Trump Spoke With Cohen As They, Aides, Sealed Hush Money Deals In 2016< < Back to
Donald Trump took part in phone calls with his then-personal lawyer Michael Cohen as the attorney and other aides scrambled to arrange hush payments to a woman in 2016 to buy her silence about an alleged sexual relationship with Trump.
Those details come from hundreds of pages of court papers — warrant applications, affidavits and other related materials — made public on Thursday.
Federal Judge William Pauley of the Southern District of New York ordered the documents unsealed after prosecutors said they had concluded their investigation into the scheme and any related campaign finance violations.
Cohen pleaded guilty to campaign finance charges related to payments made shortly before Election Day in 2016 to former Playboy model Karen McDougal and adult film star Stephanie Clifford, whose stage name is Stormy Daniels.
Cohen has said that he made the payments in coordination with and at the direction of Trump. Cohen is now serving a three-year prison sentence after he admitted that and other crimes in court.
Cohen remains the only person to be charged in connection with the payments, although two individuals struck non-prosecution agreements with the government in exchange for their testimony.
Inside the room
The court records released Thursday provide a behind-the-scenes look into how Cohen worked with executives from American Media Inc., the publisher of the National Enquirer tabloid, to make those payments and prevent news of Trump’s alleged extramarital affairs from getting out ahead the election.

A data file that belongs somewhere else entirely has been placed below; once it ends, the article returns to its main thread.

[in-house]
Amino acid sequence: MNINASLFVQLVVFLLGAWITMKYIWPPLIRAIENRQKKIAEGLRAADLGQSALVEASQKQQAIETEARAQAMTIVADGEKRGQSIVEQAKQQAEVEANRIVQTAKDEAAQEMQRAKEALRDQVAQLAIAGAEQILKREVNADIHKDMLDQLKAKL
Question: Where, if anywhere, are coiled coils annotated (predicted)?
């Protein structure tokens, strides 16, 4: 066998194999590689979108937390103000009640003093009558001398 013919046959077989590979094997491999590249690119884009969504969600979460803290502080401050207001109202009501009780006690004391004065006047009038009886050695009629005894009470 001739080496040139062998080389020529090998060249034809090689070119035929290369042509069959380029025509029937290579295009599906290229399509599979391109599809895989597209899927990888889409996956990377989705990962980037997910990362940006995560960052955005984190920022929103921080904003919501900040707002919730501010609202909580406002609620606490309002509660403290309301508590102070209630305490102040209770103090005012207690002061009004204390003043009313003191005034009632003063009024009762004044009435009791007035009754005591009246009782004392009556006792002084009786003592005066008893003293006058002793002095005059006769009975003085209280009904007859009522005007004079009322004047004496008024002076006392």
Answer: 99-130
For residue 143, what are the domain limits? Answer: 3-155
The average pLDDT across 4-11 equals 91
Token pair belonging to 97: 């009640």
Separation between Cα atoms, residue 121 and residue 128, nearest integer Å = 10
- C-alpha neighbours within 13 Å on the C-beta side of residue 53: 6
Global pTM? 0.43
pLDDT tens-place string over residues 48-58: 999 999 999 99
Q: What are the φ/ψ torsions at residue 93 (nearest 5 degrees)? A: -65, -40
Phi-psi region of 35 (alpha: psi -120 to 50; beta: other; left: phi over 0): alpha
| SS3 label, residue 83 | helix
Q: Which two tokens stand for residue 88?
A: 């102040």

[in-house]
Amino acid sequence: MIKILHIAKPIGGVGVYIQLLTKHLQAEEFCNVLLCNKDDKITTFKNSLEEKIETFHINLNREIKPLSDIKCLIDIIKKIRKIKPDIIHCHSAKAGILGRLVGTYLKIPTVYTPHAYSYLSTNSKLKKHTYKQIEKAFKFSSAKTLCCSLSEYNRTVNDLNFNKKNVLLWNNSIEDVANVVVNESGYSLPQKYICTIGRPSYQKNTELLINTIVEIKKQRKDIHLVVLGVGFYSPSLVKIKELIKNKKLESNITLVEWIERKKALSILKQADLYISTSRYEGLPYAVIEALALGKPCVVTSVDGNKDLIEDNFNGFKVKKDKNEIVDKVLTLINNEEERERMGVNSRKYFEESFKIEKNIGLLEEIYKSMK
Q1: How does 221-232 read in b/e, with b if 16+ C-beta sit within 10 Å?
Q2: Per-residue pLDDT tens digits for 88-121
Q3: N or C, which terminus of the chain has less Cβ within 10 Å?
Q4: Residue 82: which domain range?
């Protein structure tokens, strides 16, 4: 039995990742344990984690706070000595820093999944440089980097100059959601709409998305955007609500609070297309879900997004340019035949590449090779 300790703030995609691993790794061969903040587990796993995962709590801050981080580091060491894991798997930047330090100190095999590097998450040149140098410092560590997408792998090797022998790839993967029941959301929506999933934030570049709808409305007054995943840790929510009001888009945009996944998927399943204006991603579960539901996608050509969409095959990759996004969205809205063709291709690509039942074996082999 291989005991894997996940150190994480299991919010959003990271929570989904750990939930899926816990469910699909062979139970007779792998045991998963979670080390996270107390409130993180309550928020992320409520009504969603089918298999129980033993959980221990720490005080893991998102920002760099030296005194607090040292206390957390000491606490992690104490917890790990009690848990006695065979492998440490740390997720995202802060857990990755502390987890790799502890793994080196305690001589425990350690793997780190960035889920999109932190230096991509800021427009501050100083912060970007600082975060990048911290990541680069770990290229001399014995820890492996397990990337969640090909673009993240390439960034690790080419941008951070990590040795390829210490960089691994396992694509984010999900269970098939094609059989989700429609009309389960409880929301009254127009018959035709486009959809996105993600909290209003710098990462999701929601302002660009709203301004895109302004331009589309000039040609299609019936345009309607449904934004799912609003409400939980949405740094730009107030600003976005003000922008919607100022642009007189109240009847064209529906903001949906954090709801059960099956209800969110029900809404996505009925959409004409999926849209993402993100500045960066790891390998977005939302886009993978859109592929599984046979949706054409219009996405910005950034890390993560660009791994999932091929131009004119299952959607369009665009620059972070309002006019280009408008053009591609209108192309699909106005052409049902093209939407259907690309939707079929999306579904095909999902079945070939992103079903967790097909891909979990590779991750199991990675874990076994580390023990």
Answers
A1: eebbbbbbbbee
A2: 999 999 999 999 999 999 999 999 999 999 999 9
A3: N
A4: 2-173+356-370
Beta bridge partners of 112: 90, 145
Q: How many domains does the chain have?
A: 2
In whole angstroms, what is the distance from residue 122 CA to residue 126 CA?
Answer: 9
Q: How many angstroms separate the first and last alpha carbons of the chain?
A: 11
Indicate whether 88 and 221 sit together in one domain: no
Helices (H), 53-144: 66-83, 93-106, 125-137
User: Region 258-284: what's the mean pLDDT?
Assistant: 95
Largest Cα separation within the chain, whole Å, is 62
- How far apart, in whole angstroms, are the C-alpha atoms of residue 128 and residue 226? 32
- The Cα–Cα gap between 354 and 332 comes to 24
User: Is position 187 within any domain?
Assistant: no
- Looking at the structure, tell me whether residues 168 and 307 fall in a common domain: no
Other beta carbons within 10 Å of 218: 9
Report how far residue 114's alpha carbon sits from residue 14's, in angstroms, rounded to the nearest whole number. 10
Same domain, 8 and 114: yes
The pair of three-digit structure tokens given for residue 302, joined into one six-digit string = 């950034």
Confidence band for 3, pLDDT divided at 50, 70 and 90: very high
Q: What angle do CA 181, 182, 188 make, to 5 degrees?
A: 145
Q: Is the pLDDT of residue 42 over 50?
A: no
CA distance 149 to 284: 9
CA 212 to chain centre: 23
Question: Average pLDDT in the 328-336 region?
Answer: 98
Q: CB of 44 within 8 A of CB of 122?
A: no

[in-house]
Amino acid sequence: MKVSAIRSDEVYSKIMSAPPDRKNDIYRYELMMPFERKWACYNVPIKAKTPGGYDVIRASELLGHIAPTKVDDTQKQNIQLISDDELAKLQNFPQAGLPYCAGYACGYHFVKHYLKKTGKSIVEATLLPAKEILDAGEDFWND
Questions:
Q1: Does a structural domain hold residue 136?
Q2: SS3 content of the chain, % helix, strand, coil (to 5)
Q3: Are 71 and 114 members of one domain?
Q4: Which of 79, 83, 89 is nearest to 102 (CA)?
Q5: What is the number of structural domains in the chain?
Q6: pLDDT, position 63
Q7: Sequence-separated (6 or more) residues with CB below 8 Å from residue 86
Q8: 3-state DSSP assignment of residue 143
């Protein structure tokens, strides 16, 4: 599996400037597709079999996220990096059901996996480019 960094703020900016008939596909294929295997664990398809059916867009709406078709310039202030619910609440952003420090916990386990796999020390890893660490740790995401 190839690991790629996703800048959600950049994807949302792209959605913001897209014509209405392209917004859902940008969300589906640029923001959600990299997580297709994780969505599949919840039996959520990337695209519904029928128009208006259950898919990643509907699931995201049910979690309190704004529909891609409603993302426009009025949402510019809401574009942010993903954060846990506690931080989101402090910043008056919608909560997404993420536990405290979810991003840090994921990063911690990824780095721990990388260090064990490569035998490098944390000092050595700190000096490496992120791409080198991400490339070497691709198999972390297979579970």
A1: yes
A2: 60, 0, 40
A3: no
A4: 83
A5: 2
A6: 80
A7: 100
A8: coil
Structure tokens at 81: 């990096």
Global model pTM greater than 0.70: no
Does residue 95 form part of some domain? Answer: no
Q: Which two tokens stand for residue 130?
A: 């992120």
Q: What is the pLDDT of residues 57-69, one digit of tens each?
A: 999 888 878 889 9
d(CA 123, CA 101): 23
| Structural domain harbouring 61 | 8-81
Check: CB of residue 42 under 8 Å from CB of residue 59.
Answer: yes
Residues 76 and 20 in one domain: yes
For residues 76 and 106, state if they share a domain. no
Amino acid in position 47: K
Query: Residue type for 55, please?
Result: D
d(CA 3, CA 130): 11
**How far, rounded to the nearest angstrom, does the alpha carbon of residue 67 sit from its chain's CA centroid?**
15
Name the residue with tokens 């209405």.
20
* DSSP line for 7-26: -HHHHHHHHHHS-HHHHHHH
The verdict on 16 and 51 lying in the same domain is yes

Team Trump was particularly desperate to keep a lid on the alleged affairs after news broke of the Access Hollywood tape, in which Trump uses crude language about touching women.
One section of a warrant application filed in April 2018 states that Cohen exchanged a series of calls, text messages, and emails with Trump, Clifford’s lawyer, Keith Davidson, AMI’s David Pecker and Dylan Howard, as well as Trump campaign press secretary Hope Hicks in the days after the Access Hollywood tape appeared.
“Based on the timing of these calls, and the content of the text messages and emails, I believe that at least some of the communications concerned the need to prevent Clifford from going public, particularly in the wake of the Access Hollywood story,” wrote the FBI agent affidavit supporting the warrant.
The agent then details a flurry of calls on Oct. 8, 2018—one day after the Access Hollywood tape was revealed in The Washington Post. At around 7:20 P.M., the court papers say, Cohen received a call from Hicks.
“Sixteen seconds into the call, Trump joined the call, and the call continued for over four minutes,” the court papers say.
The documents then describe a string of calls over the next hour that Cohen made to Hicks, Pecker, Howard and again Trump.
“At 8:03 p.m., about three minutes after ending his call with Pecker, Cohen called Trump, and they spoke for nearly eight minutes,” the papers say.
After two more quick calls with Howard, Cohen received a text message from Howard that read: “Keith will do it. Let’s reconvene tomorrow,” referring to Clifford’s lawyer, Davidson.
Cohen ultimately paid Clifford $130,000 to keep silent about her alleged extramarital affair with Trump. Trump then repaid Cohen with a series of checks drawn from accounts he controlled and which were controlled by his business; Cohen revealed copies of the checks to Congress in March.
AMI, meanwhile, also has admitted arranging a separate payment to McDougal in a so-called “catch-and-kill” arrangement to keep her quiet about her alleged relationship with Trump.